Is climate science really real? Depends on who’s behind itIs climate science really real? Depends on who’s behind it
There’s been a lot of suspect science thrown around this election season. It’s time for beef producers to set things straight.
September 16, 2020
Among the political talking points that has been spouted during this presidential campaign is that “science is real.” And it is—or at least real science is real. However, “science” advocated by activists and politicians is suspect, and its true objective is in pushing an agenda, not in seeking the truth.
That’s the battle we face as beef producers and that’s why it’s time to step up and make our voices heard.
BEEF Daily Editor Amanda Radke has been beating that drum for years and for BEEF Daily readers, you know that she has beaten that drum loudly the past two weeks. Here’s a little extra ammo to add to your talking points.
Among the many myths about cattle production that has been dethroned by real science is methane. A recent article published by the Beef Cattle Institute at Kansas State University provides some real science that sheds light on the issue.
The article, titled “Cows are not the primary cause of recent increase in methane,” notes that atmospheric methane concentration increased 8 parts per billion (ppb) per year during the 1980s, 6 ppb per year in the 1990s, then remained static from 2000 to 2007. However, methane concentration has been increasing at 9 parts per million per year since then.
Ruminant animals certainly produce methane, but facts are facts—estimated enteric methane emissions have increased since 2000, but the global cattle population has remained constant.
So much for the “cows are the cause” argument.
Contribution to global methane emissions by various sources.
Source: Beef Cattle Institute at K-State. Adapted from the Environmental Change Institute, University of Oxford.
Based on the change in radio isotope ratio of atmospheric methane, the increase in methane emissions is likely from microbial sources. So where’s it coming from? “Wetlands are the largest natural source of methane emissions and methane emissions from wetlands have also been increasing since 2000,” the article notes.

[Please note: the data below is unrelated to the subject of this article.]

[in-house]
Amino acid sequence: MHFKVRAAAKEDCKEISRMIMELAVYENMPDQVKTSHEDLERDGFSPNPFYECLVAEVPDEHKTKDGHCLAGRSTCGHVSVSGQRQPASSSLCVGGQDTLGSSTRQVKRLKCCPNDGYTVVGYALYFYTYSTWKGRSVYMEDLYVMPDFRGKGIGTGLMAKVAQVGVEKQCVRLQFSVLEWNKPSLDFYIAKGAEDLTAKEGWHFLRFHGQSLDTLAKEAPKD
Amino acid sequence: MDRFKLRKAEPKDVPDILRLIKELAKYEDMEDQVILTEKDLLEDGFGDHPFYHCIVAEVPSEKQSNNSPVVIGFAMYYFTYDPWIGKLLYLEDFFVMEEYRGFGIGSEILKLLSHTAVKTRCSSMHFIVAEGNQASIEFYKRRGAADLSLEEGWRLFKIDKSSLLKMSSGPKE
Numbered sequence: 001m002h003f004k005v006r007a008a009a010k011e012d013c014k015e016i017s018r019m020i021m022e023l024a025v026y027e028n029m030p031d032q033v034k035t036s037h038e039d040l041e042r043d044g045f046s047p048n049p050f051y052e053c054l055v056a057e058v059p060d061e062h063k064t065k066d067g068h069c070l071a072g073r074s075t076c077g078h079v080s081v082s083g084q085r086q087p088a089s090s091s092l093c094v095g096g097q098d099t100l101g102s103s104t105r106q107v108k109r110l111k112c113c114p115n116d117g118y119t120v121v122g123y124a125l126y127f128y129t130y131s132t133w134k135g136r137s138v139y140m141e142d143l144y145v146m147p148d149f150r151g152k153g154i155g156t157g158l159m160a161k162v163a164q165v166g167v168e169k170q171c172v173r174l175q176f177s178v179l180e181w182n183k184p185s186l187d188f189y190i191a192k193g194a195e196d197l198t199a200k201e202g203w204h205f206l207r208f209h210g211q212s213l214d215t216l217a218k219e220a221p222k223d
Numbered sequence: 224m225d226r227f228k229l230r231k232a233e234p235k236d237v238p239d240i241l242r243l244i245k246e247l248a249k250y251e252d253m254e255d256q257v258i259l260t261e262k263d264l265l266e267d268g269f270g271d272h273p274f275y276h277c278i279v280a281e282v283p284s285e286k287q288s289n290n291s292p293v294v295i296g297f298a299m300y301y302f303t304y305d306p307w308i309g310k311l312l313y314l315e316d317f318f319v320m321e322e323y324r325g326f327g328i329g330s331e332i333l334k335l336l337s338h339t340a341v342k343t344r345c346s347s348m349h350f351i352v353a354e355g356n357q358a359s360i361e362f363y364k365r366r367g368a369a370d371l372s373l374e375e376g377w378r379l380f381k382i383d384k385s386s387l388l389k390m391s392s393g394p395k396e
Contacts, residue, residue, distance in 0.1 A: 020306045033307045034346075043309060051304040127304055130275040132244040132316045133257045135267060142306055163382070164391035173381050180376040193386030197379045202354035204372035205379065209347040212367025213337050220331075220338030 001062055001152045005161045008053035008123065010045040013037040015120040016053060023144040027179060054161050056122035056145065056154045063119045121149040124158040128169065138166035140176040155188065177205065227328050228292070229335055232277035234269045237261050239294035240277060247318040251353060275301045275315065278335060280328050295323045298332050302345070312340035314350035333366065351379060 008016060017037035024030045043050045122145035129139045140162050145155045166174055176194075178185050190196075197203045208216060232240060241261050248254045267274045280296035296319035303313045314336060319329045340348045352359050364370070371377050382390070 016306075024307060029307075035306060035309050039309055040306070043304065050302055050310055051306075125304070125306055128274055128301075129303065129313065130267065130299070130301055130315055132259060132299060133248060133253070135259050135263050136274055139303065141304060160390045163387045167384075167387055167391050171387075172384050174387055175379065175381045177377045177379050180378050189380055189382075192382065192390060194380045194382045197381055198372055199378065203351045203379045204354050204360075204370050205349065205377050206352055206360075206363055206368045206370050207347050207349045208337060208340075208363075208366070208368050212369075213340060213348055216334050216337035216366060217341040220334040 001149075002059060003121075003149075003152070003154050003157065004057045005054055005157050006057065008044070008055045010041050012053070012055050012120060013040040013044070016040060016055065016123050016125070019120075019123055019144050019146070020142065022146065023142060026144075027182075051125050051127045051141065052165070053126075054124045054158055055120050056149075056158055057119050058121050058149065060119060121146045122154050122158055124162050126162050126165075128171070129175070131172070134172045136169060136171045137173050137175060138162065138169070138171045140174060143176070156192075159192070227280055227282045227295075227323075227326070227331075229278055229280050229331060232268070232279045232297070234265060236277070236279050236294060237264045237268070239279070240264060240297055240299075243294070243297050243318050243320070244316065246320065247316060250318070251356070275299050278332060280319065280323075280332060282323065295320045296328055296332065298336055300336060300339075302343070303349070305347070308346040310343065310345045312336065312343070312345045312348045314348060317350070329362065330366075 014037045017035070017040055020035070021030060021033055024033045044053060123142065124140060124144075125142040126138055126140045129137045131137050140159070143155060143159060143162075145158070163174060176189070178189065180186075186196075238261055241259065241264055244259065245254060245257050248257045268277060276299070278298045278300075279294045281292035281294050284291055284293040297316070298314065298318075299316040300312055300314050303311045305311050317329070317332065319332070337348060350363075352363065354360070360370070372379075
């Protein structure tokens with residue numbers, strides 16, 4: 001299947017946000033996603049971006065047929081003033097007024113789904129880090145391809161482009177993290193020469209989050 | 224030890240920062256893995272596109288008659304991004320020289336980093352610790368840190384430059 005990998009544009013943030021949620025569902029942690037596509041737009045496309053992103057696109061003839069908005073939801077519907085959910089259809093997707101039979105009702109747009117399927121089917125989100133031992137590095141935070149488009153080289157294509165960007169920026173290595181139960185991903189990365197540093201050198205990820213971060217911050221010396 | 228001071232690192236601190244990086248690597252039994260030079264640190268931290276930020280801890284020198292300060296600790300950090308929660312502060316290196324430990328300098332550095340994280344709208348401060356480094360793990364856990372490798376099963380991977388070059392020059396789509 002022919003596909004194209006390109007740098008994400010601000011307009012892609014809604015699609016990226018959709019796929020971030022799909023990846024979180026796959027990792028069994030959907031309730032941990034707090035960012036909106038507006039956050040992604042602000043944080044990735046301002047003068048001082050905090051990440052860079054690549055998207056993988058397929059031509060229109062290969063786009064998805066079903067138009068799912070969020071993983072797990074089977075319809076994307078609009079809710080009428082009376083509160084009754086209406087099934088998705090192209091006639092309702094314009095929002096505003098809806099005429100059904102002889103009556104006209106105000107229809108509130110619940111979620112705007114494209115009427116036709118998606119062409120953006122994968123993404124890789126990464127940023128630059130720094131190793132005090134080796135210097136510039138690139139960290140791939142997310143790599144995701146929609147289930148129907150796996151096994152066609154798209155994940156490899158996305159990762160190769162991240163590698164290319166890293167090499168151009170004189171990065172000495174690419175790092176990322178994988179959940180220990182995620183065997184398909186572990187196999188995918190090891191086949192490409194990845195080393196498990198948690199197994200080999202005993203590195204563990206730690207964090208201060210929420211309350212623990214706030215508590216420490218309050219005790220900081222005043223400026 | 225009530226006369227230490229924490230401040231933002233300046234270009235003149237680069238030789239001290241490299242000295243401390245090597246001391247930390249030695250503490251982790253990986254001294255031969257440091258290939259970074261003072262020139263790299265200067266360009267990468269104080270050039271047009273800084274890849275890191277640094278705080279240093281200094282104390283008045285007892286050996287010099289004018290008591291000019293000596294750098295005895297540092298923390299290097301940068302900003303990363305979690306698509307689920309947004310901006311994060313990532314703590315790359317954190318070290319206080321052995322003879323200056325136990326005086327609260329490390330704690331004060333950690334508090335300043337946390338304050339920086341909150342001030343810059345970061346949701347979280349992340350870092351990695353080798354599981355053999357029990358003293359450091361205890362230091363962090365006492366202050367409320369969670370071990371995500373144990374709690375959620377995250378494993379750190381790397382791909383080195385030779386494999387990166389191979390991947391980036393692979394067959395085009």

Global temperatures are rising. Are humans the main reason? That’s a discussion for another time. But the article notes that the largest methane growth rates occurred in the tropics and subtropics from 2014 to 2017, which had an average temperature increase of 1 degree C (1.8 degrees F) warmer than the 1880-1909 baseline.
“Methane emissions from wetlands increase with increasing temperatures because of increased microbial activity, but the microbes in the rumen of cattle are at a constant 38 degrees C, (100.4 F) such that global temperature would not be affecting microbial activity in the rumen,” the article notes.
Here’s the bottom line: “Wetlands are the largest global source of methane emissions and are a major driver in atmospheric methane, especially with increasing global temperatures,” the article says.
Does that mean we should drain the wetlands? Absolutely not.
Here’s why: Wetlands are a vital part of a robust environment and provide habitat for a wide range of critters. They are an important part of your conservation efforts and should be encouraged and protected. Wetlands and ruminants have been producing methane for eons and the earth has a wonderful methane cycle that provides a self-cleaning mechanism for naturally produced methane.
So the next time you hear that cows are the cause of increased methane emissions, feel free to step up and make your voice and the facts known.
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